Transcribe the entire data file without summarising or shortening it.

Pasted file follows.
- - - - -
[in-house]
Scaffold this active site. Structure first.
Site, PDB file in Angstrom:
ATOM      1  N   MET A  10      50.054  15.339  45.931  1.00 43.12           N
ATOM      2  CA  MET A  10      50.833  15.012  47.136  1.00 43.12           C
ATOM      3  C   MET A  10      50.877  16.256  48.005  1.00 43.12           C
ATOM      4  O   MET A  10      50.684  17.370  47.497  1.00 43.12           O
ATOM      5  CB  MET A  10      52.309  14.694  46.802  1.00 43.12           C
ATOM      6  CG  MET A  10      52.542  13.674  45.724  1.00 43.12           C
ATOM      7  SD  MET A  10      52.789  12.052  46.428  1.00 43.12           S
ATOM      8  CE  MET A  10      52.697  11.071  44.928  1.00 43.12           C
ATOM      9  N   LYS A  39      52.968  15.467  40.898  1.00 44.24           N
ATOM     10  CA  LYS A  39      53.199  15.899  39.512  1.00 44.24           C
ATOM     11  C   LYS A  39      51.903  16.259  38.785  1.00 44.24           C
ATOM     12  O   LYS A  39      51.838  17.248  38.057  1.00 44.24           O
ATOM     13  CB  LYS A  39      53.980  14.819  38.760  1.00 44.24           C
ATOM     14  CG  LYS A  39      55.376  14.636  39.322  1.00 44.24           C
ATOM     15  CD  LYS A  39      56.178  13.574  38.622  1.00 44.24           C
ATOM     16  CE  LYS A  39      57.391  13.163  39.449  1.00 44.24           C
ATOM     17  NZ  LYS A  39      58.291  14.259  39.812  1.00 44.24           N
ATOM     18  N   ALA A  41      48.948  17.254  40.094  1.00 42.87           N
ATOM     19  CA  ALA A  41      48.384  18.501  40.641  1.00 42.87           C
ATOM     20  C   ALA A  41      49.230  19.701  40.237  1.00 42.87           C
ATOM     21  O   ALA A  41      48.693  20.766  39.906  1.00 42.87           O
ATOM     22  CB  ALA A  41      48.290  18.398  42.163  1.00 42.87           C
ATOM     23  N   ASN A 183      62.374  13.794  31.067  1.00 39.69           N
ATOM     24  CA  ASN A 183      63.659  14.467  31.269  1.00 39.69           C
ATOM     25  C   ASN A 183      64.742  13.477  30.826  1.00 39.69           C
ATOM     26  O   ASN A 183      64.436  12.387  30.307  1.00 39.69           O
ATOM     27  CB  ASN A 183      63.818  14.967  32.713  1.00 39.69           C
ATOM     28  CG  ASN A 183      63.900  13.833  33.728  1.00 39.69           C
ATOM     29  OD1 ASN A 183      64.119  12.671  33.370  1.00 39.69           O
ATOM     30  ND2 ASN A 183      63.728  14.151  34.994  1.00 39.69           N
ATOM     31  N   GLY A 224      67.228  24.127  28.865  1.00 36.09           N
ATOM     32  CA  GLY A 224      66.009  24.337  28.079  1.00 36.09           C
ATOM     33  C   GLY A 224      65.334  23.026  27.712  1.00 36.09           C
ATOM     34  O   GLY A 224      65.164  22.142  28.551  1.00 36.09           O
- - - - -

[in-house]
Scaffold this active site. Structure first.
Site, PDB file in Angstrom:
ATOM      1  N   MET A  10      50.054  15.339  45.931  1.00 43.12           N
ATOM      2  CA  MET A  10      50.833  15.012  47.136  1.00 43.12           C
ATOM      3  C   MET A  10      50.877  16.256  48.005  1.00 43.12           C
ATOM      4  O   MET A  10      50.684  17.370  47.497  1.00 43.12           O
ATOM      5  CB  MET A  10      52.309  14.694  46.802  1.00 43.12           C
ATOM      6  CG  MET A  10      52.542  13.674  45.724  1.00 43.12           C
ATOM      7  SD  MET A  10      52.789  12.052  46.428  1.00 43.12           S
ATOM      8  CE  MET A  10      52.697  11.071  44.928  1.00 43.12           C
ATOM      9  N   LYS A  39      52.968  15.467  40.898  1.00 44.24           N
ATOM     10  CA  LYS A  39      53.199  15.899  39.512  1.00 44.24           C
ATOM     11  C   LYS A  39      51.903  16.259  38.785  1.00 44.24           C
ATOM     12  O   LYS A  39      51.838  17.248  38.057  1.00 44.24           O
ATOM     13  CB  LYS A  39      53.980  14.819  38.760  1.00 44.24           C
ATOM     14  CG  LYS A  39      55.376  14.636  39.322  1.00 44.24           C
ATOM     15  CD  LYS A  39      56.178  13.574  38.622  1.00 44.24           C
ATOM     16  CE  LYS A  39      57.391  13.163  39.449  1.00 44.24           C
ATOM     17  NZ  LYS A  39      58.291  14.259  39.812  1.00 44.24           N
ATOM     18  N   ALA A  41      48.948  17.254  40.094  1.00 42.87           N
ATOM     19  CA  ALA A  41      48.384  18.501  40.641  1.00 42.87           C
ATOM     20  C   ALA A  41      49.230  19.701  40.237  1.00 42.87           C
ATOM     21  O   ALA A  41      48.693  20.766  39.906  1.00 42.87           O
ATOM     22  CB  ALA A  41      48.290  18.398  42.163  1.00 42.87           C
ATOM     23  N   ASN A 183      62.374  13.794  31.067  1.00 39.69           N
ATOM     24  CA  ASN A 183      63.659  14.467  31.269  1.00 39.69           C
ATOM     25  C   ASN A 183      64.742  13.477  30.826  1.00 39.69           C
ATOM     26  O   ASN A 183      64.436  12.387  30.307  1.00 39.69           O
ATOM     27  CB  ASN A 183      63.818  14.967  32.713  1.00 39.69           C
ATOM     28  CG  ASN A 183      63.900  13.833  33.728  1.00 39.69           C
ATOM     29  OD1 ASN A 183      64.119  12.671  33.370  1.00 39.69           O
ATOM     30  ND2 ASN A 183      63.728  14.151  34.994  1.00 39.69           N
ATOM     31  N   GLY A 224      67.228  24.127  28.865  1.00 36.09           N
ATOM     32  CA  GLY A 224      66.009  24.337  28.079  1.00 36.09           C
ATOM     33  C   GLY A 224      65.334  23.026  27.712  1.00 36.09           C
ATOM     34  O   GLY A 224      65.164  22.142  28.551  1.00 36.09           O